Taiwanese tech giant says ‘technical error’ to blame for pay dispute that saw workers clash with police.
Apple supplier Foxconn has apologised to workers after its enormous iPhone manufacturing complex in central China was rocked by violent protests over pay and conditions.
The Taiwanese technology giant on Thursday said it had identified a “technical error” in its payment system and that there had been no change to agreed rates of pay after workers staged protests at its campus in the city of Zhengzhou.
“At present, the park is continuing to actively communicate with the employees affected by the wrong information, explaining that the salaries and bonuses of all employees are paid in accordance with company policies,” the company said in a statement.
Video posted online on Wednesday showed people pulling down barriers, smashing surveillance cameras and windows and clashing with police, with a number of workers left bloodied in the confrontations.
Some workers in the footage said they had been informed that Foxconn planned to delay bonus payments, while others complained they had been forced to share dormitories with colleagues who had tested positive for COVID-19.
Foxconn’s apology came as authorities in Zhengzhou ordered an effective lockdown for more than half of the city’s 10.3 million people and as COVID-19 cases nationwide surged to a record high.
Starting from midnight on Friday, residents in the city centre will not be allowed to leave their district without a negative COVID test result and the permission of authorities. Residents are also being advised to stay at home “unless necessary.”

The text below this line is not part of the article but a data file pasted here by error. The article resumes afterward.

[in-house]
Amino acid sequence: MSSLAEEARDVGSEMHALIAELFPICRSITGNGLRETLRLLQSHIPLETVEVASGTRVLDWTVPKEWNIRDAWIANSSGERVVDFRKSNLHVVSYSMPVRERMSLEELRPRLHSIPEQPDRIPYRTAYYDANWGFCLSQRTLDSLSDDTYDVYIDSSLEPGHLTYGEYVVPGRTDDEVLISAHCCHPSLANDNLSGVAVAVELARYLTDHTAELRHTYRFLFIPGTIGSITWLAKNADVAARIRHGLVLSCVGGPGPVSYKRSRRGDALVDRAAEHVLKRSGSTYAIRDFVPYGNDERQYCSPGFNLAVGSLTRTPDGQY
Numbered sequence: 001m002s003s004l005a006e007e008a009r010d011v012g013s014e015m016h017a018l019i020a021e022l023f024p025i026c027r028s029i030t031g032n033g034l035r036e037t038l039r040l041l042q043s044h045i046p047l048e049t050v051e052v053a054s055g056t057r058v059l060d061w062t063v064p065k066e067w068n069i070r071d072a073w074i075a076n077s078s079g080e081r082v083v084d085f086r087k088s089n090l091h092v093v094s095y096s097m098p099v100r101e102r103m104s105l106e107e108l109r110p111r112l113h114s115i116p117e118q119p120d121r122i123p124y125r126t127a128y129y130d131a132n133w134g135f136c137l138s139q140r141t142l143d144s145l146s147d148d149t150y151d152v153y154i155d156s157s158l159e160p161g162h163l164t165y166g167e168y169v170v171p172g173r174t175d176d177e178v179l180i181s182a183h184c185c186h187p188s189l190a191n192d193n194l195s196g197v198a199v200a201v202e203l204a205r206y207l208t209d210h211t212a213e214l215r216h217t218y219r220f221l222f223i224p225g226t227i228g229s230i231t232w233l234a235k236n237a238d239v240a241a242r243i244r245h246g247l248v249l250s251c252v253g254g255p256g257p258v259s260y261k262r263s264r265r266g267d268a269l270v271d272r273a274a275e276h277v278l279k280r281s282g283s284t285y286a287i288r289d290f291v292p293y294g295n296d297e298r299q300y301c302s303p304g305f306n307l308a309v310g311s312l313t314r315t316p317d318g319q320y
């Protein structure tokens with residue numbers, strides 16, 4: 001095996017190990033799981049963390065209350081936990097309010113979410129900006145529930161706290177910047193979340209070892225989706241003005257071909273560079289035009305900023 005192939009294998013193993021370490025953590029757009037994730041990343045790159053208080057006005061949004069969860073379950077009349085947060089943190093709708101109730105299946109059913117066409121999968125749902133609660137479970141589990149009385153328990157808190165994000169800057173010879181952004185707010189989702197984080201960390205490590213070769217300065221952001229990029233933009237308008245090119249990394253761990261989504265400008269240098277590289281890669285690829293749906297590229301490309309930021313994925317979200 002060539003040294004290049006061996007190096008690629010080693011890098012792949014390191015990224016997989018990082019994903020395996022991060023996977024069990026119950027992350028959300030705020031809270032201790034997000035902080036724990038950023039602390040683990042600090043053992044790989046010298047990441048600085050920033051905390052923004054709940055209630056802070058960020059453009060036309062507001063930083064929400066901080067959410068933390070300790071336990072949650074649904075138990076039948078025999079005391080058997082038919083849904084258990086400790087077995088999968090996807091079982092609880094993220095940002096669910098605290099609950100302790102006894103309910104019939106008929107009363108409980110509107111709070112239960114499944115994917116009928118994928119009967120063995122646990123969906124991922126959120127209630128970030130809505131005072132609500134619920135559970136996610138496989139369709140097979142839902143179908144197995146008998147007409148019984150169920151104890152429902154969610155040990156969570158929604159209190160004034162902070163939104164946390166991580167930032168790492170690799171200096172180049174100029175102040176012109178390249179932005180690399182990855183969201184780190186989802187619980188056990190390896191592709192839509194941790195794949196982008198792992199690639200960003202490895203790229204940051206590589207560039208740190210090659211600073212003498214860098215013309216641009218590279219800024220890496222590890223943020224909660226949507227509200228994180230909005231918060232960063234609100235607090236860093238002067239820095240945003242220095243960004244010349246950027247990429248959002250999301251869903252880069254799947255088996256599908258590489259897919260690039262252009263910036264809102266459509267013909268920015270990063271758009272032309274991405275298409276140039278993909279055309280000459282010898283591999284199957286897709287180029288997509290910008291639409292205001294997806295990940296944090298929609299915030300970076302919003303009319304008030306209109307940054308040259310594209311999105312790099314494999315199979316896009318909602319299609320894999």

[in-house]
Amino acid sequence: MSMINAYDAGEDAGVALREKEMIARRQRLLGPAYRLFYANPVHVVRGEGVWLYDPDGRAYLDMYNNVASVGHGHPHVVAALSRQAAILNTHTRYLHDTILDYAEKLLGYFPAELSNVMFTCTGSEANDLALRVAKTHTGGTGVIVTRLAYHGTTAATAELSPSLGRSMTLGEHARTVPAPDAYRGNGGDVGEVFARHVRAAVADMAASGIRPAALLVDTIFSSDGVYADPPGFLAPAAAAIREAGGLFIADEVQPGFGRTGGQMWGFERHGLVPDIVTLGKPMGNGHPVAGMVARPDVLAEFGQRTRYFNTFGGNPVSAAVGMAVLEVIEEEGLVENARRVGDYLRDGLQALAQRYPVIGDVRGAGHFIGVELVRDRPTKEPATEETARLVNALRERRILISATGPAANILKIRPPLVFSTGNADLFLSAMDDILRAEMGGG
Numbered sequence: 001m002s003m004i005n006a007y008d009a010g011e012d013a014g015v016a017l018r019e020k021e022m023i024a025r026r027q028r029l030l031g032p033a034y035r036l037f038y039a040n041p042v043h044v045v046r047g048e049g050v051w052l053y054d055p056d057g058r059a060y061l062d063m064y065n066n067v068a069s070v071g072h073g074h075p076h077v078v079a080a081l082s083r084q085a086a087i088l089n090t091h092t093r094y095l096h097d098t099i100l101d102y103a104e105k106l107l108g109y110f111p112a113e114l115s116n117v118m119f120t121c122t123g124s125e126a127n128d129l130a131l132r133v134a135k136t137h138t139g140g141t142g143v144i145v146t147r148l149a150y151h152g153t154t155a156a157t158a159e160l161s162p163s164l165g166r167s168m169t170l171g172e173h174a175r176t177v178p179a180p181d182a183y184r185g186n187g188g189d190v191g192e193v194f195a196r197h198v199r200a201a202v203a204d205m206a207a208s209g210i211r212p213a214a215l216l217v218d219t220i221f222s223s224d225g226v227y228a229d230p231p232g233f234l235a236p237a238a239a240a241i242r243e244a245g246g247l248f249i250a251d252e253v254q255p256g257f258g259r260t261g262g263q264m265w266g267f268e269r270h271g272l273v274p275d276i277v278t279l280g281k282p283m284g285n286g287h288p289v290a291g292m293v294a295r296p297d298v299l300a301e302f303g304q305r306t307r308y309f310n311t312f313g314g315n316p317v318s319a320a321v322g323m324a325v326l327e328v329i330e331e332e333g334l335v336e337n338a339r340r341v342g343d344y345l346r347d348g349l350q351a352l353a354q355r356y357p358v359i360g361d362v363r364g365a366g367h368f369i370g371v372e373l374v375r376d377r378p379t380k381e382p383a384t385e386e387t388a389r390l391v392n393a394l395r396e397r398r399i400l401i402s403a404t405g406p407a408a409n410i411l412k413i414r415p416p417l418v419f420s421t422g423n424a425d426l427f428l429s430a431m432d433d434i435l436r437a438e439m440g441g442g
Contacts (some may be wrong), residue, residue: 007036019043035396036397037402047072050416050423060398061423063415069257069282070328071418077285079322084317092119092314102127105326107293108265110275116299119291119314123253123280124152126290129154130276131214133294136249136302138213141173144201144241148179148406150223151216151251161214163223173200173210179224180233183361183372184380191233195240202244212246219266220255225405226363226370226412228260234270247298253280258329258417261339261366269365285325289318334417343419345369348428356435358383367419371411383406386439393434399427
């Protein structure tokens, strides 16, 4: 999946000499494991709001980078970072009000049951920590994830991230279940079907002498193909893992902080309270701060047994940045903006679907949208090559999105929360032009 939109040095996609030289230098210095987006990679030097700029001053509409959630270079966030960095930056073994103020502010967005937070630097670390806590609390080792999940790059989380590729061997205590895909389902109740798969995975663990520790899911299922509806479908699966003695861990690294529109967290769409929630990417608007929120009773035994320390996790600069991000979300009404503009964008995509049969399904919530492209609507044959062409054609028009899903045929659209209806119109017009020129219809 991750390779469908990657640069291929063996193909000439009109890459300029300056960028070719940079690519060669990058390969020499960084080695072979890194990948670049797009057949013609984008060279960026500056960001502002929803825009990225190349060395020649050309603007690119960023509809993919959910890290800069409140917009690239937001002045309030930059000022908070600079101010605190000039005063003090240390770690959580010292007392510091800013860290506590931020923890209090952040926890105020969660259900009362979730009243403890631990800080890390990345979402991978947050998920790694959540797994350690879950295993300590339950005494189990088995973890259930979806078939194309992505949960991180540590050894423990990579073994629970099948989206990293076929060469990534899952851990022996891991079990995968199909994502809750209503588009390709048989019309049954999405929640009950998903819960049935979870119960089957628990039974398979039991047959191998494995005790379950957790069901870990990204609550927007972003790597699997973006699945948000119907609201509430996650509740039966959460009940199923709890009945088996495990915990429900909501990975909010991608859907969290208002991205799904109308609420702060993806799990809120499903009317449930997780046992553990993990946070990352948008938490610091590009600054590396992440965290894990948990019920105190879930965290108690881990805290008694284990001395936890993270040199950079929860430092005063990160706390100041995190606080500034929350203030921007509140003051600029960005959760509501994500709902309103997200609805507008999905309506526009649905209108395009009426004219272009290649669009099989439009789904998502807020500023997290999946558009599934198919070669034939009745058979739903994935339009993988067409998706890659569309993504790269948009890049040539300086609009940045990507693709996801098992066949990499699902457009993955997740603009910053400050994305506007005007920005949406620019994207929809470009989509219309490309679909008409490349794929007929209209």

China’s nationwide tally on Thursday rose to a record 31,454 infections, as authorities battle a COVID resurgence in metropolises including Beijing, Shanghai, Guangzhou, Chengdu and Chongqing.
Despite Beijing’s calls for more focused measures to control infections, authorities across the country have scrambled to reimpose restrictions such as lockdowns and mass testing to stop the spread of the virus.
The tightening restrictions have dampened hopes for an exit from Beijing’s harsh “zero-COVID” strategy, which seeks to stamp out the virus wherever it pops up, and spells more gloom for China’s sputtering economic recovery.
The world’s second-largest economy is expected to struggle to reach 3 percent growth in 2022, which would be among its weakest performances in decades. Gross domestic product (GDP) officially expanded 3.9 percent between July and September, after growing just 0.4 percent the previous quarter.
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